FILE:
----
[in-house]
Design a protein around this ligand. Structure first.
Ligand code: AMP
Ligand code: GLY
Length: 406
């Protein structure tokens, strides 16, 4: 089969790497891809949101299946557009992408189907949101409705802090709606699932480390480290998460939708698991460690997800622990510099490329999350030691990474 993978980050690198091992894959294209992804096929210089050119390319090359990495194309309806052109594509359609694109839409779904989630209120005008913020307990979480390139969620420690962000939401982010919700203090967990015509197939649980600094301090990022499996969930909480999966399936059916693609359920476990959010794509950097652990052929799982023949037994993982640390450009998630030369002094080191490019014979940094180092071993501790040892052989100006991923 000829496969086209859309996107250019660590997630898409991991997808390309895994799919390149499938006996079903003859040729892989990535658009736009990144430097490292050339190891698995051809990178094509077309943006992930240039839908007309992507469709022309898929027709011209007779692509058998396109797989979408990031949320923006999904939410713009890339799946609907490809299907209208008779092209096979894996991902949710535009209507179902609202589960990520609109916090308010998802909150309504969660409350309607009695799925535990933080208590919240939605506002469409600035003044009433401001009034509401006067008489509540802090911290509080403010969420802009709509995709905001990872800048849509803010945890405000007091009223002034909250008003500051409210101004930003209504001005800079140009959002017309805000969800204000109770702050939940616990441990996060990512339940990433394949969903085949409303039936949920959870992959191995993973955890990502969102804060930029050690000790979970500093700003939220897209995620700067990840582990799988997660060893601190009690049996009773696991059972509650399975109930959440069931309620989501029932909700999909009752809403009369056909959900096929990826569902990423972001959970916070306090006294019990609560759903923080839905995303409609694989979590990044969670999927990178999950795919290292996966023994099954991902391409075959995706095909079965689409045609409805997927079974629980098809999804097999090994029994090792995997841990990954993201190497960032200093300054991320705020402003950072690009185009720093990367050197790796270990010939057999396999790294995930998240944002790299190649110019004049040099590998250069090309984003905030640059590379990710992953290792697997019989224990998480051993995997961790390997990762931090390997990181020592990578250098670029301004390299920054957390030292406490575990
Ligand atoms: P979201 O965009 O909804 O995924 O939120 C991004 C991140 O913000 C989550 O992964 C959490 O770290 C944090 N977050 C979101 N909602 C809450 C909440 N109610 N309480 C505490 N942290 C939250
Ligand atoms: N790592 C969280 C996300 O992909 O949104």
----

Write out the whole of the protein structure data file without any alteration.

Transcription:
[in-house]
Design a protein around this ligand. Structure first.
Ligand code: AMP
Ligand code: GLY
Length: 406
């Protein structure tokens, strides 16, 4: 089969790497891809949101299946557009992408189907949101409705802090709606699932480390480290998460939708698991460690997800622990510099490329999350030691990474 993978980050690198091992894959294209992804096929210089050119390319090359990495194309309806052109594509359609694109839409779904989630209120005008913020307990979480390139969620420690962000939401982010919700203090967990015509197939649980600094301090990022499996969930909480999966399936059916693609359920476990959010794509950097652990052929799982023949037994993982640390450009998630030369002094080191490019014979940094180092071993501790040892052989100006991923 000829496969086209859309996107250019660590997630898409991991997808390309895994799919390149499938006996079903003859040729892989990535658009736009990144430097490292050339190891698995051809990178094509077309943006992930240039839908007309992507469709022309898929027709011209007779692509058998396109797989979408990031949320923006999904939410713009890339799946609907490809299907209208008779092209096979894996991902949710535009209507179902609202589960990520609109916090308010998802909150309504969660409350309607009695799925535990933080208590919240939605506002469409600035003044009433401001009034509401006067008489509540802090911290509080403010969420802009709509995709905001990872800048849509803010945890405000007091009223002034909250008003500051409210101004930003209504001005800079140009959002017309805000969800204000109770702050939940616990441990996060990512339940990433394949969903085949409303039936949920959870992959191995993973955890990502969102804060930029050690000790979970500093700003939220897209995620700067990840582990799988997660060893601190009690049996009773696991059972509650399975109930959440069931309620989501029932909700999909009752809403009369056909959900096929990826569902990423972001959970916070306090006294019990609560759903923080839905995303409609694989979590990044969670999927990178999950795919290292996966023994099954991902391409075959995706095909079965689409045609409805997927079974629980098809999804097999090994029994090792995997841990990954993201190497960032200093300054991320705020402003950072690009185009720093990367050197790796270990010939057999396999790294995930998240944002790299190649110019004049040099590998250069090309984003905030640059590379990710992953290792697997019989224990998480051993995997961790390997990762931090390997990181020592990578250098670029301004390299920054957390030292406490575990
Ligand atoms: P979201 O965009 O909804 O995924 O939120 C991004 C991140 O913000 C989550 O992964 C959490 O770290 C944090 N977050 C979101 N909602 C809450 C909440 N109610 N309480 C505490 N942290 C939250
Ligand atoms: N790592 C969280 C996300 O992909 O949104």